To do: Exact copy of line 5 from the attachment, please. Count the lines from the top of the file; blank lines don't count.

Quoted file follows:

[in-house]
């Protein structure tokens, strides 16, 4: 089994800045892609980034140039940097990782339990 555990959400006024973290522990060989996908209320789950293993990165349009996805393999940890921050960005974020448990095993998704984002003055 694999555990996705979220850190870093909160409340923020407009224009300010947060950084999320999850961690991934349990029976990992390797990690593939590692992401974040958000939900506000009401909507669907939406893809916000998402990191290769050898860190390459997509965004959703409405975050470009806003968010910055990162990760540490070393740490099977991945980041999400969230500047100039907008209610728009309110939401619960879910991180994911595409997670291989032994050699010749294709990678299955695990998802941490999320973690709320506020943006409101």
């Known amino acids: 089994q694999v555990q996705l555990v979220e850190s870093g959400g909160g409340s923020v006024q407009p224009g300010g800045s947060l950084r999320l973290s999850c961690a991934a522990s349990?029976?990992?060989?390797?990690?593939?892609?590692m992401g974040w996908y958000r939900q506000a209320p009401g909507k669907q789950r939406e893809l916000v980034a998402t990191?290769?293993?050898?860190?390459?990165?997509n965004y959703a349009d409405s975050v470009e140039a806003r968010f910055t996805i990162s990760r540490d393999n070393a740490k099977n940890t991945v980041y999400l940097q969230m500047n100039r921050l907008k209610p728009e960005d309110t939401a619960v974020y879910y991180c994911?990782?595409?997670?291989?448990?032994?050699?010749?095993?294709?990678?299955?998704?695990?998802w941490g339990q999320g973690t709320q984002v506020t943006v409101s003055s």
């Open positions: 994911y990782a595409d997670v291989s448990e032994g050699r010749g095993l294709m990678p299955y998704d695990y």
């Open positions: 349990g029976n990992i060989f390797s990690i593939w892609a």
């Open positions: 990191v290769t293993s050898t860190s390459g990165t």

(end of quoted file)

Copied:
């Open positions: 349990g029976n990992i060989f390797s990690i593939w892609a």